Friday, June 29, 2012

Creativity in Chiang Mai



For a long time I have wanted to visit Thailand's second city - people keep telling me it is the place for giftware. Indeed we have one supplier there who make the rock shaped soaps we sell, and it's one supplier who's factory I have not yet visited.
Leaving Bangkok and flying to Chiang Mai is like making a trip to see a country cousin. Where Bangkok is fast and flash, high-rise and serious money. Chiang Mai is up country. The highlands of Thailand, and altogether slower paced. It's a low-rise city, old temples, ancient city wall and a lazy river. Streets full of sleepy shops, old hippies and orange robbed monks. Built on a plane with distant mountains rising on all sides, it feels like a small town even though it boosts a population of two million and is home to a highly active giftware industry. They call it: The Creative City.
First stop with my agent (Fredy the Peruvian) was at a freight forwarder to check out the costs and complications of shipping from this city. We learned that most producers don't do packing and labelling the shipping company acts as a packer. Second interesting fact: Holy images of Buddha can not be exported, at least not before they have been un-holyfied. Naturally this costs money. You have to get a license and stamp for every model and shipment.
Then onward to Bann Twai creative village on the outskirts of the city. Here the local government has encouraged producers to set up showrooms and factories. It has grown to the size of a small town, you can get lost in a maze of wood carving, ceramics and table lamp producers. The main streets all showrooms, the back alleyways workshops and small factories.
One showroom had such spectacular glass lamps, and huge carved statues, I couldn't believe anyone would buy. A small Chinese guy with squeaky english and thick round glasses explained that his business supplied five star hotels with artwork for the lobby, designed to impress. We ship to every corner of the world he told me proudly, very good business he said giving me his card.
Chiang Mai is like another world, nothing like the rest of Thailand. So much to be discovered here so little time to do it. It's a seriously arty place with a highly intelligent and entrepreneurial population. A real melting pot of cultures. Local Hill tribes, Burmese (not far away), Thai and Chinese people, not to mention an old British colonial influence. After four days I had reluctantly to move on, but I will be back. Next stop Bali in Indonesia.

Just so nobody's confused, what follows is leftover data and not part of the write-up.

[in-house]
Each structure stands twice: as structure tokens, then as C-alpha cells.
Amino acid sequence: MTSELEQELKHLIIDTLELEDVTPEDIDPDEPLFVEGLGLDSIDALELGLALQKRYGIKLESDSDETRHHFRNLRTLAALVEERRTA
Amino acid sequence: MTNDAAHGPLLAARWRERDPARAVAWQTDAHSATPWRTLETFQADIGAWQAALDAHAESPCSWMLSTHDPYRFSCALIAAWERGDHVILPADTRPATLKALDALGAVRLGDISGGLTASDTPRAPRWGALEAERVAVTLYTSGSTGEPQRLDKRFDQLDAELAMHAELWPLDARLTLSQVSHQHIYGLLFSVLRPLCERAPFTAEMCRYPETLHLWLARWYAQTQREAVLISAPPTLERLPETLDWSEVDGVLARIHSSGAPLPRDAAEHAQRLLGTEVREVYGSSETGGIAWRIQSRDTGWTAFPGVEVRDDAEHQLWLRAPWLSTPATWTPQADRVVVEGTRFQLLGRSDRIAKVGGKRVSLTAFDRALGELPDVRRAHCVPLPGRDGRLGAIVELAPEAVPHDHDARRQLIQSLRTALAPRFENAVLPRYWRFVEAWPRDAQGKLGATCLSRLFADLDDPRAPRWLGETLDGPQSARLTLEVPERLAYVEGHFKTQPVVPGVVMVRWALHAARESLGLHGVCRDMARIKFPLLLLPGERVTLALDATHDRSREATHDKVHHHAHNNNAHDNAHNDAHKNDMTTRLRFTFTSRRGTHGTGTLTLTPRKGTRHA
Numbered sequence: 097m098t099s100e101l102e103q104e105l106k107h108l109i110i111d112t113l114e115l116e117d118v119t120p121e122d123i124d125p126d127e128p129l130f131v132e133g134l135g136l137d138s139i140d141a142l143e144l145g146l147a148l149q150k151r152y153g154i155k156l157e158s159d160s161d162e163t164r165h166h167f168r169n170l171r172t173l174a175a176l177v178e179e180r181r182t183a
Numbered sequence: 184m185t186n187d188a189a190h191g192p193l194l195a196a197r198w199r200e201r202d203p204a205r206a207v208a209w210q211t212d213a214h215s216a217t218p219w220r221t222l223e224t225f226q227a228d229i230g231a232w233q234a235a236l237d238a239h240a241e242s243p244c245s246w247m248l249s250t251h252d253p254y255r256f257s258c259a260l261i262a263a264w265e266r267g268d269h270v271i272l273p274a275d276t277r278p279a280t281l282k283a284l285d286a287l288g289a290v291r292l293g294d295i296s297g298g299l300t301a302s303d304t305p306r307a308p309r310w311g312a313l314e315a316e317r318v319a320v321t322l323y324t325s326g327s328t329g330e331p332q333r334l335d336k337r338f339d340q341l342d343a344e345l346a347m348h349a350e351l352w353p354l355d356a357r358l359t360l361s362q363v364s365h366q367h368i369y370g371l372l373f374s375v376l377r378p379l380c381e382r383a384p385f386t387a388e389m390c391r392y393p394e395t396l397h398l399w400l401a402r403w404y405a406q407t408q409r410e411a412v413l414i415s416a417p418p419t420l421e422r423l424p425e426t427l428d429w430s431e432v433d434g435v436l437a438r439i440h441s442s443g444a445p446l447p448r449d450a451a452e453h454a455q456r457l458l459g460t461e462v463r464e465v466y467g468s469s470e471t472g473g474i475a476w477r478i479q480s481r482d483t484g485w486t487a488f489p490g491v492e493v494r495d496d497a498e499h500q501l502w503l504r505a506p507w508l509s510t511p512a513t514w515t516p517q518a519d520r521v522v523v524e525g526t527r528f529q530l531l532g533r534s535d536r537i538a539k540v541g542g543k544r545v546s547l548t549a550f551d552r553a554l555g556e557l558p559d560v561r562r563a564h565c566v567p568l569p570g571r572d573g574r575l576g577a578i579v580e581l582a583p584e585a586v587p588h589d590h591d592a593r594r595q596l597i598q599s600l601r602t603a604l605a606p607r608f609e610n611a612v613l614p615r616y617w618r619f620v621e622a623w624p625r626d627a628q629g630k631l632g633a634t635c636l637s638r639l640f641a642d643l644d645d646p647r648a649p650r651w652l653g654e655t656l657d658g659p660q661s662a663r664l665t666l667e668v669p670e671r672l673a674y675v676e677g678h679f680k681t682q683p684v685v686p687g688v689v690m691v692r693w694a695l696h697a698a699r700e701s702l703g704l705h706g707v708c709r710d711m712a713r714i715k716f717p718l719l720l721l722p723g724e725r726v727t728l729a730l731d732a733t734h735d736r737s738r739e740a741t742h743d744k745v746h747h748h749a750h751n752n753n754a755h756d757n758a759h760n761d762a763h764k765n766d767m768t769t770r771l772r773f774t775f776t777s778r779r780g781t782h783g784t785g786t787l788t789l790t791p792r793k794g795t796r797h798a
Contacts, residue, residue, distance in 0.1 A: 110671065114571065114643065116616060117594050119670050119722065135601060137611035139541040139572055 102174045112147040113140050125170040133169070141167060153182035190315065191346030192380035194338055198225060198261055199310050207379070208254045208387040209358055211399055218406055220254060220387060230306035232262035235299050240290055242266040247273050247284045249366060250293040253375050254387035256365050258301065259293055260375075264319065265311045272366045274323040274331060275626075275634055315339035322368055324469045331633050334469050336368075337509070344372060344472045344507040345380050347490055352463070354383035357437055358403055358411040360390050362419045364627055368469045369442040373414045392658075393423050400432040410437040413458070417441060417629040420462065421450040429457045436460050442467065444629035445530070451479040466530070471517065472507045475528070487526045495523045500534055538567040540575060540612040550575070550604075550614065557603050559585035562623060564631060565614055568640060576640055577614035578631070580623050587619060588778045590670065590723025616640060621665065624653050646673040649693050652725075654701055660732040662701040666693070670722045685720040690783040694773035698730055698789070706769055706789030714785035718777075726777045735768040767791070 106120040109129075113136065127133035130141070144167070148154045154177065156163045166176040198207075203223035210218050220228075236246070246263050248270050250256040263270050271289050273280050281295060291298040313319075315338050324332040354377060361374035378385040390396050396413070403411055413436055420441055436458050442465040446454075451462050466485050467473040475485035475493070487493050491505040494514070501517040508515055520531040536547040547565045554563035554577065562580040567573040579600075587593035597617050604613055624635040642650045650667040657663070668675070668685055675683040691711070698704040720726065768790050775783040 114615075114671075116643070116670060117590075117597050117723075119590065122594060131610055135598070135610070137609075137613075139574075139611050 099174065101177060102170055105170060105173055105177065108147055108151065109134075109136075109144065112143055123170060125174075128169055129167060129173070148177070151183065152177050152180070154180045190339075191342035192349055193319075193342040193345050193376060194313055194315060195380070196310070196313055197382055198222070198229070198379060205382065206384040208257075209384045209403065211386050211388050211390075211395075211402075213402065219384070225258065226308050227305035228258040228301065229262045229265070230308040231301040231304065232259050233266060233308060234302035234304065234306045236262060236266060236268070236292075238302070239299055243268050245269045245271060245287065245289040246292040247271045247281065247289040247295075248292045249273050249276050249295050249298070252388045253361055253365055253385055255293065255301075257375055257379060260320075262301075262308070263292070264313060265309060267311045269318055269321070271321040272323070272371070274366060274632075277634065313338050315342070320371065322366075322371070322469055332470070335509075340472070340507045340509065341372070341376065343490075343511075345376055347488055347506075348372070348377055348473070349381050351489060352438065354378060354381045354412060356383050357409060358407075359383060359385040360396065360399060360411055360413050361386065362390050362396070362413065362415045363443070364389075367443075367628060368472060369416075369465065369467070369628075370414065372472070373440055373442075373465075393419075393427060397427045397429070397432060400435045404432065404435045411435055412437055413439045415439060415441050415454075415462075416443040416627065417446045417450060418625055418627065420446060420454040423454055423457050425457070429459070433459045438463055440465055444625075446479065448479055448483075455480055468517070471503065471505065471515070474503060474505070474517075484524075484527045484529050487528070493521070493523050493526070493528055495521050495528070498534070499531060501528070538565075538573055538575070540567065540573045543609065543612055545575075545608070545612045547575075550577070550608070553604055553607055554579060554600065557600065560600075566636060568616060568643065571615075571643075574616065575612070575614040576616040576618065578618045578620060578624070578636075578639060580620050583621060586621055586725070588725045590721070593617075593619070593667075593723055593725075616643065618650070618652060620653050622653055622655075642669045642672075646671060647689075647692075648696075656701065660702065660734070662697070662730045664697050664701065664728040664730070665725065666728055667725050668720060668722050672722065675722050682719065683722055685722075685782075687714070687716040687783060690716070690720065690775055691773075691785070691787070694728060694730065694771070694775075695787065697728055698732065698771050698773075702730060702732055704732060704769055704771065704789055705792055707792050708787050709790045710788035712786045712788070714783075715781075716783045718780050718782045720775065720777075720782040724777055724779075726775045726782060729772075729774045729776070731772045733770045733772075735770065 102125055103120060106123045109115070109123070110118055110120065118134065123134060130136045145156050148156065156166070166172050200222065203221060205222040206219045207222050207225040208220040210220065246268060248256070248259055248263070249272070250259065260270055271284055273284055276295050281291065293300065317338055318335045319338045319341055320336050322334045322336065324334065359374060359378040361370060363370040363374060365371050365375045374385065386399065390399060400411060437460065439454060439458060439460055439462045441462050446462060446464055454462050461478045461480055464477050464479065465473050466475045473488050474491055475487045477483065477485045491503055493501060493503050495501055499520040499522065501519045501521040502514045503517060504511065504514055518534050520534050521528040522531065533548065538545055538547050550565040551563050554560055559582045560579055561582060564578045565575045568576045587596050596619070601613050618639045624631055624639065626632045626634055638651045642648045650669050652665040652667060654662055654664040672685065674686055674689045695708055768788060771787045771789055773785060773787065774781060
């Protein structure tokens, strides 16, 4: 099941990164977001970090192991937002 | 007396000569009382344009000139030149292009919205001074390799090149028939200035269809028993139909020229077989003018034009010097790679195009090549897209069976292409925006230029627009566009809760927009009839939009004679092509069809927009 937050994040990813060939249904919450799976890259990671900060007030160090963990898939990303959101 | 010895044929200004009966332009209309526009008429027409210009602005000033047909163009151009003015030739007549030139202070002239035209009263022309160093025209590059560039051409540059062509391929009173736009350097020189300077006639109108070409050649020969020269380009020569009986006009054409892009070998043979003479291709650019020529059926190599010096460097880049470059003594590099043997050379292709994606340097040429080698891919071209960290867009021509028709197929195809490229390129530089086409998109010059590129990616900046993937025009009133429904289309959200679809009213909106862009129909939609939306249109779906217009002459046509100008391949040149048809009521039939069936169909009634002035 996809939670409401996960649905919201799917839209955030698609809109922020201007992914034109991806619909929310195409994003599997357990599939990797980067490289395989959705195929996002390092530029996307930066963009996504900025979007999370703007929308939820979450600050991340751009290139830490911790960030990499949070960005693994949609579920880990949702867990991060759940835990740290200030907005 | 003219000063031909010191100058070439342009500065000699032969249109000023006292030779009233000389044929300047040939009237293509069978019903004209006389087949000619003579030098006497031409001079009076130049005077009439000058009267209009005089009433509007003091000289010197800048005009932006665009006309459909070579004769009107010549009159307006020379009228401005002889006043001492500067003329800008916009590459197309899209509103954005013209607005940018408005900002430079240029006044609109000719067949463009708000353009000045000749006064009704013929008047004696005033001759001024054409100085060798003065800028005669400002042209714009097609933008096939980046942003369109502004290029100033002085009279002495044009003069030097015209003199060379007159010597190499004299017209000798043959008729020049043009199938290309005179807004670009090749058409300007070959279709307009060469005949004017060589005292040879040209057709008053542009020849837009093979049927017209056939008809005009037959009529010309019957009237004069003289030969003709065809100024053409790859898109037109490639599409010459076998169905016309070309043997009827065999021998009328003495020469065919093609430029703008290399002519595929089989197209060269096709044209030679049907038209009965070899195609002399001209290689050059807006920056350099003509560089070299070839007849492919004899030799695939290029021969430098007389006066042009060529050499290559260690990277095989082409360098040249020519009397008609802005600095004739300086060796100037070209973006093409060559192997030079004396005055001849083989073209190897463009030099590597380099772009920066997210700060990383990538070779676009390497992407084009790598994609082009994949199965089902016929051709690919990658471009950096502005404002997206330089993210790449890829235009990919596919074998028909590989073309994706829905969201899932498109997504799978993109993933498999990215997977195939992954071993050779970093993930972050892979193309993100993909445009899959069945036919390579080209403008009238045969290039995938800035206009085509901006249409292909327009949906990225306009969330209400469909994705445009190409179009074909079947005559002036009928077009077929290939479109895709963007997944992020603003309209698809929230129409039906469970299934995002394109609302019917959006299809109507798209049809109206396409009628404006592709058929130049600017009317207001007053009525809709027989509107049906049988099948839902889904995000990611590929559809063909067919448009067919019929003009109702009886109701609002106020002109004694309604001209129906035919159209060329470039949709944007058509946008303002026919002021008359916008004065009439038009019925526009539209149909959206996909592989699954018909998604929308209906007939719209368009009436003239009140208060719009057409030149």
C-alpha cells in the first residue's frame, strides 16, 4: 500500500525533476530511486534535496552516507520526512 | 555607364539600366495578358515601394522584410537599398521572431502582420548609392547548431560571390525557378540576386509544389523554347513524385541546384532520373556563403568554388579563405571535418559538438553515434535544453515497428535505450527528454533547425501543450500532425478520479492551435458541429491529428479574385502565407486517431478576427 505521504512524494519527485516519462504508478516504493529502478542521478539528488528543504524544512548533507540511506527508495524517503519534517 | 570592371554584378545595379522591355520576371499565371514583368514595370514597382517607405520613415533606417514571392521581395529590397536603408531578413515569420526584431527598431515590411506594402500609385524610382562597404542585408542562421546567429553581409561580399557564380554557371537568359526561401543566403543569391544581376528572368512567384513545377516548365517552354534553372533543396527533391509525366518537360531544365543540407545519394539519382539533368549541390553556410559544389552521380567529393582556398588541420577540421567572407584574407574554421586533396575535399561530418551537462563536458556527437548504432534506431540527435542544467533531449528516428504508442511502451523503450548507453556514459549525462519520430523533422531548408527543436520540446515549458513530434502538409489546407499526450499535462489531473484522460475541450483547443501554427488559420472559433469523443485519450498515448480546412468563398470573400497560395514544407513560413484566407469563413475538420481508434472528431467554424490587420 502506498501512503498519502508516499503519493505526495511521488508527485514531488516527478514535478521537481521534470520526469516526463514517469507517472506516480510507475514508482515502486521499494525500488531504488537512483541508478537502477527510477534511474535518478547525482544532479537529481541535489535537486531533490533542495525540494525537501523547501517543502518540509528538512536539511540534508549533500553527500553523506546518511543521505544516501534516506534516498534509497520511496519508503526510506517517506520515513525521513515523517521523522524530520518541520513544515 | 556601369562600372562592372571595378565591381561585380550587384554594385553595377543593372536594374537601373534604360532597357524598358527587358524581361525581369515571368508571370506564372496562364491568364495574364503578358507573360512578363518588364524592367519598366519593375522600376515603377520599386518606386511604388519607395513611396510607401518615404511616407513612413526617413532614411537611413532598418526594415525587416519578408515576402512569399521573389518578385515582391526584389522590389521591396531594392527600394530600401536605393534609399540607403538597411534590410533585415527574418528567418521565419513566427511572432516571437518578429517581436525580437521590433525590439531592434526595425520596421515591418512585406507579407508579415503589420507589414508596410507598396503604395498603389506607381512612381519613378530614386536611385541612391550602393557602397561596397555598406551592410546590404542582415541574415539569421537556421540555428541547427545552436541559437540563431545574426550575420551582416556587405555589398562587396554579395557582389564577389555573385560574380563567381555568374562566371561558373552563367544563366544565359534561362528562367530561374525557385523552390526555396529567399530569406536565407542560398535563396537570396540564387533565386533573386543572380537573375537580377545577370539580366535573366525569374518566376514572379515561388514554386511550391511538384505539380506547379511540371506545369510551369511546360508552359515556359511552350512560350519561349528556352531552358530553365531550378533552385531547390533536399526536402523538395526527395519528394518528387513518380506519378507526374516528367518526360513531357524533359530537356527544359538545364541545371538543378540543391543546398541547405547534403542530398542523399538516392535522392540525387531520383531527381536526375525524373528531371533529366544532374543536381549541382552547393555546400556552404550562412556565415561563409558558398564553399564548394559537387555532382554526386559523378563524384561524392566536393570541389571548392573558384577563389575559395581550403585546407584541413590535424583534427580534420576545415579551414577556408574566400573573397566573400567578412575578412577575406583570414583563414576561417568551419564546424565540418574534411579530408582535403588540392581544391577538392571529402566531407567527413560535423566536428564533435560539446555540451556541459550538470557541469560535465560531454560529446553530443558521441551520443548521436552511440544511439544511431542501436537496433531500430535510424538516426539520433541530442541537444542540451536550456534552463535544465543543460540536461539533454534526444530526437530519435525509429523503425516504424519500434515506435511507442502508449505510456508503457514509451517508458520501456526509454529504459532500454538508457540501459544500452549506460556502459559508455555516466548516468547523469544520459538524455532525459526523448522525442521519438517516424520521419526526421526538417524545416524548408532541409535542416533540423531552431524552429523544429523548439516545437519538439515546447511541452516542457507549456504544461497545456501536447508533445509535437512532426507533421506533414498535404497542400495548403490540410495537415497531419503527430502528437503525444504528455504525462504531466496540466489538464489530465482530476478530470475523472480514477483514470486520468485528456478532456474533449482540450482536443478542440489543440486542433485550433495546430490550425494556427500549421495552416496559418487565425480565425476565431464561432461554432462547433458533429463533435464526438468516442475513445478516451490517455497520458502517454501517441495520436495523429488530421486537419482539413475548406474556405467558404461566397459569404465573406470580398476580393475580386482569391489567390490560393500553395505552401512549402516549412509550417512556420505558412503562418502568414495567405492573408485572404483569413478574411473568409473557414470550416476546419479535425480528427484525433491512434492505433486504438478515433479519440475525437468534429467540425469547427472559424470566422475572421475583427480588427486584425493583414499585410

More news next week.
Regards
David

Friday, June 22, 2012

Bangkok and a game called Dakon



Greetings from big bad Bangkok. The city has such a reputation, which on I'm beginning to think is not totally deserved. The traffic is relatively organised and relaxed compared to any Chinese or Indian city, the air is definitely cleaner and the sky is actually blue. The people are unremittingly polite, and invariably smiling. Smiling and bowing, bowing and smiling, like a city wide travel ad sponsored by a teeth whitening clinic. In many ways Bangkok ain't so bad.
But I have had just one day here, just time to go and see a new wholesale Silver market - which was interesting with very professional companies, great designs and (surprising for Thailand) realistic prices. Tomorrow it's off to Chiang Mai - a whole new city for me. After that it's Indonesia.
Meanwhile.. Our first container from Indonesia washed up in Ancient Wisdom home base in Sheffield. Lots of goodies, but I'm particularly excited about a game called Dakon. Which I have to tell you about.
When I first saw this board games, I thought how beautiful.. and you can have fun playing with them. The more I learned about them the more I thought they would make an interesting and unusual gift line.
It was outside the city of Yogjakarta in a steamy rainforest on the banks of a volcano where we found a small sleepy village, the cultural home of Dakon. Where the inhabitants are invariably skilled artisans spending their days creating beautiful batik decorated Dakon boards.
The history of the game dates back to forth century Egypt and it is thought that the game was brought here by traders and then adapted by Malacca merchants and developed into this very popular Javanese game. Here on the mountain where the wood, heritage and skills come together a mini industry has developed producing these beautiful intricately decorated sets.
The sets are made in the shape of various animals, rabbits, fish etc. The most prized and carefully decorated are the signature standing dragons. I think they are not just a game but a work of art, that anyone with an ounce of cultural appreciation would simply love to own.
Dakon is a simple and addictive game, to win you need to think further ahead than your opponent, be quick at calculations and a good judge of numbers of shells in a hole.
More info and the rules read more here..
More thoughts and news next week.. from Chiang Mai in North Thailand.
Regards
David

Friday, June 15, 2012